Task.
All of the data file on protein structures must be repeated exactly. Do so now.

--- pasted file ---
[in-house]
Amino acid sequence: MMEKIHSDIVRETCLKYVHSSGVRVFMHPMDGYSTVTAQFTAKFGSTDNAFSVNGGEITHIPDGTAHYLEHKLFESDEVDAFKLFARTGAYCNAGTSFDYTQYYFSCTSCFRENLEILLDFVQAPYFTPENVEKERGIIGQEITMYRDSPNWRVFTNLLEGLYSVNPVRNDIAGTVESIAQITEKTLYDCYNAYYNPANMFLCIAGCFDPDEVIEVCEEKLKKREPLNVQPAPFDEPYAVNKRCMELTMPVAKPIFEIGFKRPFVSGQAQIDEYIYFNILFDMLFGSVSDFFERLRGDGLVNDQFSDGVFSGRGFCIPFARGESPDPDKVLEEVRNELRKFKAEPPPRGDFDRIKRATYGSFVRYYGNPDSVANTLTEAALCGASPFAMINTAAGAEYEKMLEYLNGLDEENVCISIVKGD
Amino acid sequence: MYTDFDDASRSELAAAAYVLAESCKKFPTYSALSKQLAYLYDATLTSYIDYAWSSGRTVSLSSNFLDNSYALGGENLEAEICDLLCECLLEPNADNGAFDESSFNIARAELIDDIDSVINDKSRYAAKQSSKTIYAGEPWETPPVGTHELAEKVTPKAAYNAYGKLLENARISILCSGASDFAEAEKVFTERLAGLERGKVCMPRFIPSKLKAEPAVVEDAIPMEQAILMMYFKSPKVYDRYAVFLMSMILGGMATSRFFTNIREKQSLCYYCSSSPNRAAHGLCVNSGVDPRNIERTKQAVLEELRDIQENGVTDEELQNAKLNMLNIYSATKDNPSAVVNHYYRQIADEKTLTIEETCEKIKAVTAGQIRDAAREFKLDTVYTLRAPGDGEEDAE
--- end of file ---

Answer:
[in-house]
Amino acid sequence: MMEKIHSDIVRETCLKYVHSSGVRVFMHPMDGYSTVTAQFTAKFGSTDNAFSVNGGEITHIPDGTAHYLEHKLFESDEVDAFKLFARTGAYCNAGTSFDYTQYYFSCTSCFRENLEILLDFVQAPYFTPENVEKERGIIGQEITMYRDSPNWRVFTNLLEGLYSVNPVRNDIAGTVESIAQITEKTLYDCYNAYYNPANMFLCIAGCFDPDEVIEVCEEKLKKREPLNVQPAPFDEPYAVNKRCMELTMPVAKPIFEIGFKRPFVSGQAQIDEYIYFNILFDMLFGSVSDFFERLRGDGLVNDQFSDGVFSGRGFCIPFARGESPDPDKVLEEVRNELRKFKAEPPPRGDFDRIKRATYGSFVRYYGNPDSVANTLTEAALCGASPFAMINTAAGAEYEKMLEYLNGLDEENVCISIVKGD
Amino acid sequence: MYTDFDDASRSELAAAAYVLAESCKKFPTYSALSKQLAYLYDATLTSYIDYAWSSGRTVSLSSNFLDNSYALGGENLEAEICDLLCECLLEPNADNGAFDESSFNIARAELIDDIDSVINDKSRYAAKQSSKTIYAGEPWETPPVGTHELAEKVTPKAAYNAYGKLLENARISILCSGASDFAEAEKVFTERLAGLERGKVCMPRFIPSKLKAEPAVVEDAIPMEQAILMMYFKSPKVYDRYAVFLMSMILGGMATSRFFTNIREKQSLCYYCSSSPNRAAHGLCVNSGVDPRNIERTKQAVLEELRDIQENGVTDEELQNAKLNMLNIYSATKDNPSAVVNHYYRQIADEKTLTIEETCEKIKAVTAGQIRDAAREFKLDTVYTLRAPGDGEEDAE